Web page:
It is possible for a person to have an overwhelming number of things to do and still function productively with a clear head and a positive sense of relaxed control.

–David Allen

Before enlightenment; chop wood, carry water.  After enlightenment; chop wood, carry water.

–Zen Proverb

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This past semester I have taken a whole new “zen” approach to my work-life. While I am still doing the academic equivalent of chopping wood and carrying water, I am doing it a lot more these days with a smile on my face and mind more focused on the present. Some good books and a few well-designed apps have facilitated this process. I will tell you all about the apps later.  For now, here are a couple of the books.

This fall I read Getting Things Done: The Art of Stress-Free Productivity
by David Allen (recommended by The Couch Manager).  The organization methods in this book are helpful in creating a system that captures your projects, plans, and ‘todo’ lists in such a way that you can, well get things done more efficiently and with less stress.  It is not a particularly thrilling read, but I am here to testify that if you implement the principles, it works.

The 4-Hour Workweek: Escape 9-5, Live Anywhere, and Join the New Rich (Expanded and Updated)
by Timothy Ferriss (another recommendation from The Couch Manager) is both practical and thrilling.  It has influenced my thinking about work, particularly in the domain of mobility.  I travel regularly between two states, so I need the ability to do what needs doing in an organized and efficient way wherever I happen to find myself at the moment.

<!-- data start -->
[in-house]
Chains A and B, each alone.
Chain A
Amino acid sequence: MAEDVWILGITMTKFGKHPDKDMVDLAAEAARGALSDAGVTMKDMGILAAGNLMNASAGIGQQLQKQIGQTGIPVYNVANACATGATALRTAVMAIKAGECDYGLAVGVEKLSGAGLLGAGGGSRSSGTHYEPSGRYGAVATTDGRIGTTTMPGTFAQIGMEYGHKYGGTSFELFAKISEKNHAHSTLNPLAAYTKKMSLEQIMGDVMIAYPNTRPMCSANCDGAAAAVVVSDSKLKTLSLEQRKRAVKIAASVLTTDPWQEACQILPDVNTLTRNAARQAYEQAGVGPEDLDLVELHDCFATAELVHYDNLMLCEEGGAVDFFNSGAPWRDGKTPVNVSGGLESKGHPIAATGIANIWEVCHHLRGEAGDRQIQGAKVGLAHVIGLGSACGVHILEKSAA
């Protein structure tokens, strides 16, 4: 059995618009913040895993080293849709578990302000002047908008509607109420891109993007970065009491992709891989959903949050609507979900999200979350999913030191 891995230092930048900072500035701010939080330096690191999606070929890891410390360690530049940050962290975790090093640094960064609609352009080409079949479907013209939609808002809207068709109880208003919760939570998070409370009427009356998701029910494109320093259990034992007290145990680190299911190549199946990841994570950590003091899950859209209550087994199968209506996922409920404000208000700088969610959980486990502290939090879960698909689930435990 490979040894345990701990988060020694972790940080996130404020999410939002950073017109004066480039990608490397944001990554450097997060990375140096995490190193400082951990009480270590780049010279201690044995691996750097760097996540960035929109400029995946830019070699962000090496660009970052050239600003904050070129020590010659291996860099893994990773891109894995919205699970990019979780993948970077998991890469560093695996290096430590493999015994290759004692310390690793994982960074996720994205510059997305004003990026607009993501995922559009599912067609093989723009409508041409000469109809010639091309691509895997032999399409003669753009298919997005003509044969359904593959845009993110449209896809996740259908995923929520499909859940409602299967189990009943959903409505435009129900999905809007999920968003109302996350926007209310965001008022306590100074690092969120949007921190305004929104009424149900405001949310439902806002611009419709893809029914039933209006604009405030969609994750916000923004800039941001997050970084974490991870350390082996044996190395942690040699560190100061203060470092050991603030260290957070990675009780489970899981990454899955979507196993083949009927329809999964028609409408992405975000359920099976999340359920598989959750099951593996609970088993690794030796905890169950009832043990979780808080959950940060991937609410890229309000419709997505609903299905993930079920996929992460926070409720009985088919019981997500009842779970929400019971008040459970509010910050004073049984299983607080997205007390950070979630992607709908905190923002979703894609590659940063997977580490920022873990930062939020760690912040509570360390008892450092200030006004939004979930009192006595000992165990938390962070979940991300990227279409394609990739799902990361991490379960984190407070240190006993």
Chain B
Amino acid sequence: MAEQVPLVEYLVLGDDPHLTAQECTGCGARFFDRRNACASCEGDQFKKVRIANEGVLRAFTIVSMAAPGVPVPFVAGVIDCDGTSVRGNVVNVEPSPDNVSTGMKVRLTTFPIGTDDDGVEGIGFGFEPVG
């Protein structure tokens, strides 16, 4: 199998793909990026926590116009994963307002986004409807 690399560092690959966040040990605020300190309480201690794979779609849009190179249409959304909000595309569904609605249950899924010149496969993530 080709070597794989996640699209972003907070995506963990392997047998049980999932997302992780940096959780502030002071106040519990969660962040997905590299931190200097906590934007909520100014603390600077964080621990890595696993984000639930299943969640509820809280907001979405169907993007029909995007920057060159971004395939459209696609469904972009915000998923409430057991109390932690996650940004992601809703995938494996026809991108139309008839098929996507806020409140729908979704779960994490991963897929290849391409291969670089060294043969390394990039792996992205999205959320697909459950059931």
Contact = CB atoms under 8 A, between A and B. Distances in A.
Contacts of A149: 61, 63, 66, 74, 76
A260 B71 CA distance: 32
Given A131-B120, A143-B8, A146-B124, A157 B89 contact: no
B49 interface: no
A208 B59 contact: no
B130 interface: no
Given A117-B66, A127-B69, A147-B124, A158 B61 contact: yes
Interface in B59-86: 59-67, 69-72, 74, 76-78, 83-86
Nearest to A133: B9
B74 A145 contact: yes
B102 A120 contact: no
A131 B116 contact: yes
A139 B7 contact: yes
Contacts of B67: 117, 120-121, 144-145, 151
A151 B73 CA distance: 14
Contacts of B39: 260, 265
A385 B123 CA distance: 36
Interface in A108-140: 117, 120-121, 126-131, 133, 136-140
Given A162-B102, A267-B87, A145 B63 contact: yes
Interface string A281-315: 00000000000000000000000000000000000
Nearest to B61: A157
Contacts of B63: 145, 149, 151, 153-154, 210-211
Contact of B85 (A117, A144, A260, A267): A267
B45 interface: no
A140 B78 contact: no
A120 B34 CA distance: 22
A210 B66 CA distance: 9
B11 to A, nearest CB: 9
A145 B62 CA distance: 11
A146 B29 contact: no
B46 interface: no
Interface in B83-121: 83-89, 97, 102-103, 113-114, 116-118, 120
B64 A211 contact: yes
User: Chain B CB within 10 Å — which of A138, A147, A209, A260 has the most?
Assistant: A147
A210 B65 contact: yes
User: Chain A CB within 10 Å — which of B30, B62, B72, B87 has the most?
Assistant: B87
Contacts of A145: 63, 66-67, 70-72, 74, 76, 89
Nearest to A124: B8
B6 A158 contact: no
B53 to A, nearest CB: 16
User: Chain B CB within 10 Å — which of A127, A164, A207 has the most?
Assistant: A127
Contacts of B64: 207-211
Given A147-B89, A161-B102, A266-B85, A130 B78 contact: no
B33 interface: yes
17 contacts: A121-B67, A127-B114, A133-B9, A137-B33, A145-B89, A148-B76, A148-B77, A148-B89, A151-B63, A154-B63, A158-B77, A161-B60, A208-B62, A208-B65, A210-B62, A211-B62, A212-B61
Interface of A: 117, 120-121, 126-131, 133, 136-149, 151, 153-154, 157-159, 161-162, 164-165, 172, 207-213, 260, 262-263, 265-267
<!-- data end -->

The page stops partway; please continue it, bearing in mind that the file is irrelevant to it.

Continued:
Ferriss is, in a word, pragmatic.  I like that about him. His book offers a wealth of information, tips, and tricks to get your work-life manageable and automated so you can free up your mind (and time) to accomplish more of your goals.  He explains that one key component of this process is “cutting out counterproductive distractions by eliminating artificial needs.”  Those artificial needs will, of course, differ for everyone – from updating your Facebook status several times a day to checking email hourly, etc.  Once I realized for myself exactly how much time was wasted on digital distractions, I tweaked my own routine considerably.  I took his advice and began processing time-sapping things (e.g., email) in batches a couple times a week rather than daily.  The benefit here is that it saves time and keeps the mind focused. One caveat is that it may irritate students and colleagues who check their email every five minutes and expect you to do the same. It is a risk well worth the benefits as far as I am concerned.

Another tip he suggests to free up time is “outsourcing” portions of your work-life. Outsourcing is all the rage these days according to authors like Thomas L. Friedman (The World is Flat) and A.J. Jacobs (The Guinea Pig Diaries). While I appreciate and admire the work of these fellas, I decided to blaze my own trail here to keep more in line with my budding ‘buy local’ value system and to take advantage of my existing resources. Thus, I decided to in-source instead by making more efficient use of my indentured servant.  She’s rapidly developing mad Excel skillz while helping me becoming increasingly organized. Next week we take over the world! (in a very peaceful, zen-like way).

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